Certain early events in the game trigger an encounter with an assassin’s guild, which I vaguely knew would happen but didn’t know how or what it would be like. What it was like was: Awful. Trapped on the morning of my wedding in an abandoned shack (“The Abandoned Shack”) with a masked woman who wanted nothing more than to put me through a series of ethical tortures in order to prove a point about assassins. I would have loved it, any other time, but I had marriage on the brain and I was not interested one bit in her drama. But she would not relent.
After dealing with her whole thing, I was able to leave the Abandoned Shack—sun only beginning to rise—and I crossed my fingers, hoping I could teleport to the Temple and get my life back on track. But no! Random dragon encounter. A huge black beast circled me, cutting off my escape, and I fought that monster harder than any of the dozens of dragons I’d already killed. Dispatched after a few curse-filled moments, I set out again.
I arrived at the Temple of Mara in a soft rain, just in time to see everyone I had ever met in the game—and an equal number of strangers, who proved to be Argis’s relatives—filing out of the Temple, hurling epithets at me as they went. In my memory, they spat. Argis was nowhere to be found. Inside the Temple, the Priest I’d contracted couldn’t look me in the eye. I waited outside, in the rain, for a pathetic hour before returning: He wasn’t the one, the Priest explained, I needed to apologize to.
After an embarrassing amount of time revisiting our favorite places, I realized I was role-playing to a fault, and he’d be back at the kitchen table, because he is the product of an artificial intelligence and not the sentimental romantic I’d apparently made him in my head. After a very apologetic speech, toes kicking the floor of a house I’d still not really explored, he agreed.
And you’d better believe we sat in that church all night, waiting for the sun.
What I loved about the experience is how random elements, triggers and mistakes added up to a story that took just as long as any storyline—the ones the game provides or the ones I’d made up—and every bit as emotional and challenging as them, too. Nobody else will fight a dragon on their wedding day, or get kidnapped on the eve of their wedding by magical assassins. Nobody else will secretly work to bring down a coup on the Jarl to whom they’d sworn fealty, just for the chance to take off the DTF necklace so people would stop acting so weird all the time. That disaster was just for me, and I loved every second.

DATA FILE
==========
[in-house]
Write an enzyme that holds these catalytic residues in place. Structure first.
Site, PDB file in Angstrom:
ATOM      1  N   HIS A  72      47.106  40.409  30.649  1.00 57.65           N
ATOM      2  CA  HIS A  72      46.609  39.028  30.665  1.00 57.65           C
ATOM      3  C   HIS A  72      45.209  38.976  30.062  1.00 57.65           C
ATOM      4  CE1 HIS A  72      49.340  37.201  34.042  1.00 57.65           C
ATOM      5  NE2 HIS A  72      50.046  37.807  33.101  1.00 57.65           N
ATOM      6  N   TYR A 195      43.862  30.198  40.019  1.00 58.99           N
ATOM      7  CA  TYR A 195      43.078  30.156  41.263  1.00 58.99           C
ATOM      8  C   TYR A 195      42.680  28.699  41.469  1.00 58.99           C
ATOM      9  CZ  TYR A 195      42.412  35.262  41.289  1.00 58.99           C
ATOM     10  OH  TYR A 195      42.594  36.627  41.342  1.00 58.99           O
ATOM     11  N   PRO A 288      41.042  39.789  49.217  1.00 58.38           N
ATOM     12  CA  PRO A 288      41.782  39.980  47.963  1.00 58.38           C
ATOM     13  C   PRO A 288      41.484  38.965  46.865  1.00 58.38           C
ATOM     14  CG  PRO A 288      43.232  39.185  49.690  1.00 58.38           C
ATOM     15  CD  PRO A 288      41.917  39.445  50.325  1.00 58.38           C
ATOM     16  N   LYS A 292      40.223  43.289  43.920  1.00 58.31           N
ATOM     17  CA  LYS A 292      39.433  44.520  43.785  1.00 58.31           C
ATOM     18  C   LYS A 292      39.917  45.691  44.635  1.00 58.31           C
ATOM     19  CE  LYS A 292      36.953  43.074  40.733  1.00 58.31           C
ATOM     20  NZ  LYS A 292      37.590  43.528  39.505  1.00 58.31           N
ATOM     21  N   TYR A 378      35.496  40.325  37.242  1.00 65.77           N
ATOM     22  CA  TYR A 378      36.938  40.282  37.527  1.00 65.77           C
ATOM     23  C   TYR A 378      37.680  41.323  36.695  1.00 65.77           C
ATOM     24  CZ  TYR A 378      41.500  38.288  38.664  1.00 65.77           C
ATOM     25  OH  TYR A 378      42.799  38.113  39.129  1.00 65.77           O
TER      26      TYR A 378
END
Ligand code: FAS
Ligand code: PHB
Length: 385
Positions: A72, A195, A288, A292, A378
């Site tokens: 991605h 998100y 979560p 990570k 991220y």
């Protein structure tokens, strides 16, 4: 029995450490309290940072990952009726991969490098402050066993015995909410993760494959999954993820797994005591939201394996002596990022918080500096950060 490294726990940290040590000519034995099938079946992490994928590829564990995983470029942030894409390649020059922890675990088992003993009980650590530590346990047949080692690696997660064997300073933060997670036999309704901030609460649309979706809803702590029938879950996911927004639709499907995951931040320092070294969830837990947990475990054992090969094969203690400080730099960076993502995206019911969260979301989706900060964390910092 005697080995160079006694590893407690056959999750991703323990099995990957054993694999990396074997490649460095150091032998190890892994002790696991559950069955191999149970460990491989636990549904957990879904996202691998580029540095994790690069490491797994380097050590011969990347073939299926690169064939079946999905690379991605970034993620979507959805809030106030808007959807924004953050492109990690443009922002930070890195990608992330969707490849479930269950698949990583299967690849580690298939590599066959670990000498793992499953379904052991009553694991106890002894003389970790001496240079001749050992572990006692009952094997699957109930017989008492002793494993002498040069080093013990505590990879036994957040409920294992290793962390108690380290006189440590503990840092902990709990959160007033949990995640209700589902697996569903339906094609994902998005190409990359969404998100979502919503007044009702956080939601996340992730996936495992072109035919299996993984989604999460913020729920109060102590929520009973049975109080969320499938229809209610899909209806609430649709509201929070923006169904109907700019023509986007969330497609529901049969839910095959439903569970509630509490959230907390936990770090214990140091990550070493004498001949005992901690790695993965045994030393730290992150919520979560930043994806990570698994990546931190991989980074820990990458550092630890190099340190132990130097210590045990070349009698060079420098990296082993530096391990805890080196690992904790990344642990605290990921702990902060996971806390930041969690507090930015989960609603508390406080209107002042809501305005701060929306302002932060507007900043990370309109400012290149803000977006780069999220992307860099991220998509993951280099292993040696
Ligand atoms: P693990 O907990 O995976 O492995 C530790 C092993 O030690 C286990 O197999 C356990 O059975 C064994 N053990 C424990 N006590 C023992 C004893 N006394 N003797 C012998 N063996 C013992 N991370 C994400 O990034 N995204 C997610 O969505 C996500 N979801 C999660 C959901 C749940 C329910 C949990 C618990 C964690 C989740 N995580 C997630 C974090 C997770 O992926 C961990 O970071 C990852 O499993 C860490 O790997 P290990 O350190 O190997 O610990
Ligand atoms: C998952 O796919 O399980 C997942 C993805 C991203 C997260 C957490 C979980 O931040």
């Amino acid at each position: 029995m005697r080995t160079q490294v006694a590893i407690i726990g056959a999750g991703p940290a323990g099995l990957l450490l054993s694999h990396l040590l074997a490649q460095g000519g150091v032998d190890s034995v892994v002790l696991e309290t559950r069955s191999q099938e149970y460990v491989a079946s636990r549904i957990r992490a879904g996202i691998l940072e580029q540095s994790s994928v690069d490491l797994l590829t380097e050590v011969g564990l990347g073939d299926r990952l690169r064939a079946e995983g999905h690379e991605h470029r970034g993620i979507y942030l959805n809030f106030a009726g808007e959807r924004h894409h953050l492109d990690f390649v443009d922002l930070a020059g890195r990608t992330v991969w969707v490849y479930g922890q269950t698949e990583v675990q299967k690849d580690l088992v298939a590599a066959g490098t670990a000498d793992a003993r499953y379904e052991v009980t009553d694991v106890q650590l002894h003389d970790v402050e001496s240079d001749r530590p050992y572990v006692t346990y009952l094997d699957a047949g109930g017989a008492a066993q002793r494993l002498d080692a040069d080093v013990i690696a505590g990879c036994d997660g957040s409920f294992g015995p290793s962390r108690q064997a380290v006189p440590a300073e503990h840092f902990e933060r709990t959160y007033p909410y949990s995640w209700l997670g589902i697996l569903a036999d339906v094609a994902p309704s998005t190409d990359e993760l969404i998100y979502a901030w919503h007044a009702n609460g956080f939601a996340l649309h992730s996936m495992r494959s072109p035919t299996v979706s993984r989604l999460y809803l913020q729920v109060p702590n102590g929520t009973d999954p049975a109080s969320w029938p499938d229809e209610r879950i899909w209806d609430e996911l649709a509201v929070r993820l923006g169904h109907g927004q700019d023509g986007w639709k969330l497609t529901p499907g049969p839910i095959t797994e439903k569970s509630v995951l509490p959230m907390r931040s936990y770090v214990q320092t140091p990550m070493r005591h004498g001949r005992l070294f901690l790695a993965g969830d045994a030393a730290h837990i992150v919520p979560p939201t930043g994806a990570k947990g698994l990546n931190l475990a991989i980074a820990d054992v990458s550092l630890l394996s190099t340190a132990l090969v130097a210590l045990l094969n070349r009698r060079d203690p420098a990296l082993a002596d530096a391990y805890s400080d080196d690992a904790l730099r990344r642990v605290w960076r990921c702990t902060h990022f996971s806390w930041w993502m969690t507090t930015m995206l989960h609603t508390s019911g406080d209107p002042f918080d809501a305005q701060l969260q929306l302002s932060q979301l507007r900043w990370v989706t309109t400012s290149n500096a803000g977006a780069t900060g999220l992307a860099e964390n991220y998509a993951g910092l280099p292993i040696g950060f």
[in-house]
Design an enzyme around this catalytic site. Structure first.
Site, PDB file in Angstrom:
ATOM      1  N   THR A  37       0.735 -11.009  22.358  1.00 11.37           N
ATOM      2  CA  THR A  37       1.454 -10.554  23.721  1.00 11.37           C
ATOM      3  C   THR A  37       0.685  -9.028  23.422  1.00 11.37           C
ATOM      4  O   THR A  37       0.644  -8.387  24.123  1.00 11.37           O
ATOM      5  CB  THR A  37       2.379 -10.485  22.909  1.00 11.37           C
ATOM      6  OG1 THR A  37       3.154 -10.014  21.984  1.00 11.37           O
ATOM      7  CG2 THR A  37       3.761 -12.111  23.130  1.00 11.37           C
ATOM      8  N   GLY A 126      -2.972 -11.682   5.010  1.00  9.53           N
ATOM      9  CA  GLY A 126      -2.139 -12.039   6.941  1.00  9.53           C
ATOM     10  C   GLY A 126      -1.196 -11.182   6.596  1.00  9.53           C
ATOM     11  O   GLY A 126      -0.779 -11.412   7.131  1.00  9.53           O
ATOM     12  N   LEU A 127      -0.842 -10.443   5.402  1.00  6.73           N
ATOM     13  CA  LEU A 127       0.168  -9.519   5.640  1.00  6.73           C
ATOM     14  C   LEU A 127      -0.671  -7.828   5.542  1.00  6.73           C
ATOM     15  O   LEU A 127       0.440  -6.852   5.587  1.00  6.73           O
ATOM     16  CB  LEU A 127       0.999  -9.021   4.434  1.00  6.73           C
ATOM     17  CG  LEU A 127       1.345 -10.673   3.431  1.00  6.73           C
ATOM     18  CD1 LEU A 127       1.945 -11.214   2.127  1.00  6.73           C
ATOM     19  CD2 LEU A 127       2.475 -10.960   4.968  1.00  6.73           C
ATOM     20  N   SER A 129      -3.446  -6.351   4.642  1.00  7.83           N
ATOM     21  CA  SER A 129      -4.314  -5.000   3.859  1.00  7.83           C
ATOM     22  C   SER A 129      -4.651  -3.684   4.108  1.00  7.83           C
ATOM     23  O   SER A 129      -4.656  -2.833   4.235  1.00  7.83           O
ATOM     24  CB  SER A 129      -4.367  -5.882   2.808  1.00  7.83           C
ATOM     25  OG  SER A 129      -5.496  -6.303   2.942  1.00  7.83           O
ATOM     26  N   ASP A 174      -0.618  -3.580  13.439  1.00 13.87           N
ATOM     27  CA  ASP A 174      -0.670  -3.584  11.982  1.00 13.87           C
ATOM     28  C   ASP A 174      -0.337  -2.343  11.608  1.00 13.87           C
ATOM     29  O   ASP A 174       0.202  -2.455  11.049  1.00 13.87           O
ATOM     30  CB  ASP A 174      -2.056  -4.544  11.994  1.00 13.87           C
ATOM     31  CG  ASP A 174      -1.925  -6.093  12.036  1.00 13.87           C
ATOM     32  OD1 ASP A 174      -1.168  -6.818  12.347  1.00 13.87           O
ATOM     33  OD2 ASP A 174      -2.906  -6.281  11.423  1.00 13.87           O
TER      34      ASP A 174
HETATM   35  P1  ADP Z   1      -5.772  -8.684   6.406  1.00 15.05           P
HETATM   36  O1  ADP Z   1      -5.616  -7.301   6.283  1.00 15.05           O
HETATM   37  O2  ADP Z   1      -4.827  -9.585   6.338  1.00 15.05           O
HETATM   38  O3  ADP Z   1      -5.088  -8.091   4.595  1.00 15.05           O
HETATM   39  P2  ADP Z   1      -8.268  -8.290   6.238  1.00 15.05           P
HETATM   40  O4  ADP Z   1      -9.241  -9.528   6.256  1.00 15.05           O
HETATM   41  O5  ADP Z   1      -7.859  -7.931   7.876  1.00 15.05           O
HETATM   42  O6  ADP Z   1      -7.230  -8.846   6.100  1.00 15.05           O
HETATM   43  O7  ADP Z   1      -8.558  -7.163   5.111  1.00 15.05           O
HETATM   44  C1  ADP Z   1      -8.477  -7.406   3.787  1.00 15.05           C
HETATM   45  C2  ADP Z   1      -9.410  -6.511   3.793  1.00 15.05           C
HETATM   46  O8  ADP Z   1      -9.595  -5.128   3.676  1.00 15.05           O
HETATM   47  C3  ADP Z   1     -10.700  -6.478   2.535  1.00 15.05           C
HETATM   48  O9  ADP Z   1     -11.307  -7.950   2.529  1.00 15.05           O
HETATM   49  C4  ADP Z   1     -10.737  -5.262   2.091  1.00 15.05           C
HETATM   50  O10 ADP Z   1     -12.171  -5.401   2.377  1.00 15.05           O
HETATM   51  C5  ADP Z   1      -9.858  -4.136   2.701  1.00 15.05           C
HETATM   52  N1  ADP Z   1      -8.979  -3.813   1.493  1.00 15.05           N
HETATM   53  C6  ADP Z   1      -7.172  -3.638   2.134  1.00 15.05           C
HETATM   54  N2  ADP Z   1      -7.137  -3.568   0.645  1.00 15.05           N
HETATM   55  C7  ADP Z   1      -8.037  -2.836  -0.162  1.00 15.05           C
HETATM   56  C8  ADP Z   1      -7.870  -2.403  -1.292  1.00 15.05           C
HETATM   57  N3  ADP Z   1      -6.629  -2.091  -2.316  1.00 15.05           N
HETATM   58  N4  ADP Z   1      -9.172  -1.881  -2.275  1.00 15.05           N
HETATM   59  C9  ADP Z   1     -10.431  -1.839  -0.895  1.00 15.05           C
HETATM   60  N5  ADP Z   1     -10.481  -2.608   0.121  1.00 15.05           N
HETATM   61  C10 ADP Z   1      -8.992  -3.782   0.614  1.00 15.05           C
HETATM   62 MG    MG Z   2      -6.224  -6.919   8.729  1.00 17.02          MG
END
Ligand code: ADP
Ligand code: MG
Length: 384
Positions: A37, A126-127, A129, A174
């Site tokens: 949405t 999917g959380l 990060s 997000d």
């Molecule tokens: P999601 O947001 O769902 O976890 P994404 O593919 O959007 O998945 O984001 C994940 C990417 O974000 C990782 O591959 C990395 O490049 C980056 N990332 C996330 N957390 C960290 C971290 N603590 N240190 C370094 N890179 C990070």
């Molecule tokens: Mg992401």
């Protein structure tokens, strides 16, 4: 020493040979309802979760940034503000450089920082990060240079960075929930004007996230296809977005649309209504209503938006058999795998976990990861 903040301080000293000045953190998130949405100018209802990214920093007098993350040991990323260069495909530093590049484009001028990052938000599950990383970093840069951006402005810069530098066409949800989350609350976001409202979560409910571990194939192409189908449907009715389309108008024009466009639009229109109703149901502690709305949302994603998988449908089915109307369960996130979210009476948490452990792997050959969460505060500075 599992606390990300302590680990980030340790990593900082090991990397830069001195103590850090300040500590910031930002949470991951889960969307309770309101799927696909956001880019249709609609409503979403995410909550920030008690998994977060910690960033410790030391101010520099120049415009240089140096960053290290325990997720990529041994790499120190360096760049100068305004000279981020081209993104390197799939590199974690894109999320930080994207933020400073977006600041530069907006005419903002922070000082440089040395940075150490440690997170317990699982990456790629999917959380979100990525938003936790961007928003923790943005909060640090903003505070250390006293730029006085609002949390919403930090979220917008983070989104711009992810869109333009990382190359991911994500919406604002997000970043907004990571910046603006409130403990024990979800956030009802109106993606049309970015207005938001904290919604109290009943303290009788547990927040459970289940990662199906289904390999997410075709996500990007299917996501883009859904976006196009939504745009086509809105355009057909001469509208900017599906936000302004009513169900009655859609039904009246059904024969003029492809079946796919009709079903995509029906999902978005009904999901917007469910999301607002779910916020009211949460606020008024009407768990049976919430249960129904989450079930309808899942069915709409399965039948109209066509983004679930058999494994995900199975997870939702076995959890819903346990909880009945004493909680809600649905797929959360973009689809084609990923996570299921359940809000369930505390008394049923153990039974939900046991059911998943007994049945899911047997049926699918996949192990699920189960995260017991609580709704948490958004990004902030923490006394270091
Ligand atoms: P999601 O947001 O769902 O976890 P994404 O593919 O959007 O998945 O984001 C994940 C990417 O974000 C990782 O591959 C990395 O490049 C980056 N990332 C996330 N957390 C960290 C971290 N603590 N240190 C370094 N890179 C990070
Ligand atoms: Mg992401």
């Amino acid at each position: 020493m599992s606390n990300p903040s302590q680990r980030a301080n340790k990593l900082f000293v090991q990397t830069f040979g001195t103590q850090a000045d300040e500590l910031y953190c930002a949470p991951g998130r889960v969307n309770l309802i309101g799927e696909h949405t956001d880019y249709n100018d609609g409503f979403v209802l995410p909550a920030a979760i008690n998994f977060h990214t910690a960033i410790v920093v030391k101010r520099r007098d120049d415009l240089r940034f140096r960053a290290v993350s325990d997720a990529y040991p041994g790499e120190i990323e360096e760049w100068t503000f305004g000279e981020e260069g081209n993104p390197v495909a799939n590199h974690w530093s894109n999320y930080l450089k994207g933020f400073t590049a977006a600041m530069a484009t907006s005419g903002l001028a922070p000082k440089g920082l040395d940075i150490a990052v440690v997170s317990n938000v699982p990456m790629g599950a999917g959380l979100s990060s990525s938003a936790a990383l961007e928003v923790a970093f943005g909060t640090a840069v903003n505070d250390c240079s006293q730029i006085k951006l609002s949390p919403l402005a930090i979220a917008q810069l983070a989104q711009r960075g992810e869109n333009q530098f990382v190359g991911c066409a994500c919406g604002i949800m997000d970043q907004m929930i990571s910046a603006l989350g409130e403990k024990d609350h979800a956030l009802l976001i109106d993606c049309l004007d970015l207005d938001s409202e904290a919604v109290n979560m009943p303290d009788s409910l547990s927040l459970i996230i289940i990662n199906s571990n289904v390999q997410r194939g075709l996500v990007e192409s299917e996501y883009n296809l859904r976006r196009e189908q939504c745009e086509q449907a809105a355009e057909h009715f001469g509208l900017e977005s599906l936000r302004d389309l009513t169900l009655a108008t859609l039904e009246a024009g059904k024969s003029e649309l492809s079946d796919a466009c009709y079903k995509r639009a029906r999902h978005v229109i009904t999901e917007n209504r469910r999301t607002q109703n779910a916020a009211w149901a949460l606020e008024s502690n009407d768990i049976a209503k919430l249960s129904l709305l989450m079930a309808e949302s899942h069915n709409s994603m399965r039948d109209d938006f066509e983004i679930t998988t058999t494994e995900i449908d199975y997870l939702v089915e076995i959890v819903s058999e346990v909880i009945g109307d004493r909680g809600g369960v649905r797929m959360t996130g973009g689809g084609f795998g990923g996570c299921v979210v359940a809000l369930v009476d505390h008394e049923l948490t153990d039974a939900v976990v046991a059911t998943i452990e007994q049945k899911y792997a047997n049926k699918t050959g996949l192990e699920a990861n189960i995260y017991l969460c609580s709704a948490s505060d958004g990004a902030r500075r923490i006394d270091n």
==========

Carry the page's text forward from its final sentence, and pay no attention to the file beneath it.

But even more intriguing, as my game continued with Argis in tow, were the two effects I’d never imagined. Number one, the man who was supposed to be my bodyguard had become something precious to protect: No way, after all that, was anybody going to hurt him. That’s cute, but mostly it’s odd to see the way it still effects my gameplay.
The second bit, though, isn’t just about me and my particular game. See, although Argis is a Housecarl and a bodyguard, he’s also now a Spouse. And this is where the Attitudinal Index part comes into play: How far we’ve come, how far we have to travel, and the basic hilarities of being (or playing) gay in a somewhat safe-but-still-janky public space.
As a Spouse, this huge Viking has two extra responsibilities: One, he nets me a hundred bucks a day from a “store” he apparently runs—despite being by my side at every moment—and two, everyday involves a “homecooked meal” I can add to my inventory. I’m new enough to videogames that I’m only assuming this is an RPG staple, the wifey at home who cooks and produces money like some kind of robot; I’m guessing the standard is not to take her everywhere, as I’m guessing none of the ways I’m playing the game are all too standard.
When I ask him to make me some food, he promises there’ll be another one tomorrow. When I ask him if he’s got any cash, he hands it over with a tender, “This is your half, love.” It’s adorable. And it is weird.
The fact is that when Argis says these weird things, it’s a cute glitch—and in real life, my actual husband saying any of this wouldn’t make me bat an eye—but if I had a computer wife and she said those things, I’d get grossed out pretty fast. Not about what’s happening, but why: Marry your Amazon fighting-partner, it would be weird to have her dialogue suggest she never leaves the house; a woman player in a straight marriage would hear the same odd things out of her burly man—but I think it does point to an exact moment, in the early 2010’s, when we were in some ways almost there and in other ways, less so.
It’s not a criticism, I don’t see a way to get up in arms about it—I almost think it’s better this way, as a reminder of where we came from and where we’re going. Because it does speak to certain underlying assumptions about the way we play games and the way we relate to one another that don’t necessarily work seamlessly for the vast majority of us—women players, gay and lesbian players, people who actually know how to roleplay, unlike me, and get to take on different genders and sexualities—but it’s made all the more confounding by the fact that no matter how high those numbers get, within and without the world of gaming, we’re still—for all intents and purposes—minorities.
Jacob Clifton is a freelance writer and critic based in Austin, Texas. He currently recaps The Good Wife, Bates Motel, and Defiance for Television Without Pity.com. Check out jacobclifton.com, Twitter and Facebook.